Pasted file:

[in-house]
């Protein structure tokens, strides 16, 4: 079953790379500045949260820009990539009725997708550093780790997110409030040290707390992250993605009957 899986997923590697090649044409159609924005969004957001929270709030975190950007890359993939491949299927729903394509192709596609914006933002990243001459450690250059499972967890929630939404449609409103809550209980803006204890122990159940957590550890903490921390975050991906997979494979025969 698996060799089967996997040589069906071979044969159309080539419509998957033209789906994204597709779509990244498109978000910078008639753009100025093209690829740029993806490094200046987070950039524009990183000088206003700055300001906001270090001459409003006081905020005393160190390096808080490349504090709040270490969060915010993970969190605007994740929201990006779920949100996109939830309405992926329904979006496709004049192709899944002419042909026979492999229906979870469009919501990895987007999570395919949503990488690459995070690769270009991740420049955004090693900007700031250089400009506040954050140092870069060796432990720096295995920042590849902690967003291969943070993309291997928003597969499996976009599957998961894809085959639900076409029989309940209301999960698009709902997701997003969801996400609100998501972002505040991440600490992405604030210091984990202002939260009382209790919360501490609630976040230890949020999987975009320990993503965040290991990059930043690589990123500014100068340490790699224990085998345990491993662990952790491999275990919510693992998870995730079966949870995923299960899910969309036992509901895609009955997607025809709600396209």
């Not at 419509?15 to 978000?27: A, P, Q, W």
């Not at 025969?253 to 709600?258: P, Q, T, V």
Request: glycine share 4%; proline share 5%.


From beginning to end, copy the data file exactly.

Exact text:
[in-house]
């Protein structure tokens, strides 16, 4: 079953790379500045949260820009990539009725997708550093780790997110409030040290707390992250993605009957 899986997923590697090649044409159609924005969004957001929270709030975190950007890359993939491949299927729903394509192709596609914006933002990243001459450690250059499972967890929630939404449609409103809550209980803006204890122990159940957590550890903490921390975050991906997979494979025969 698996060799089967996997040589069906071979044969159309080539419509998957033209789906994204597709779509990244498109978000910078008639753009100025093209690829740029993806490094200046987070950039524009990183000088206003700055300001906001270090001459409003006081905020005393160190390096808080490349504090709040270490969060915010993970969190605007994740929201990006779920949100996109939830309405992926329904979006496709004049192709899944002419042909026979492999229906979870469009919501990895987007999570395919949503990488690459995070690769270009991740420049955004090693900007700031250089400009506040954050140092870069060796432990720096295995920042590849902690967003291969943070993309291997928003597969499996976009599957998961894809085959639900076409029989309940209301999960698009709902997701997003969801996400609100998501972002505040991440600490992405604030210091984990202002939260009382209790919360501490609630976040230890949020999987975009320990993503965040290991990059930043690589990123500014100068340490790699224990085998345990491993662990952790491999275990919510693992998870995730079966949870995923299960899910969309036992509901895609009955997607025809709600396209």
């Not at 419509?15 to 978000?27: A, P, Q, W």
């Not at 025969?253 to 709600?258: P, Q, T, V």
Request: glycine share 4%; proline share 5%.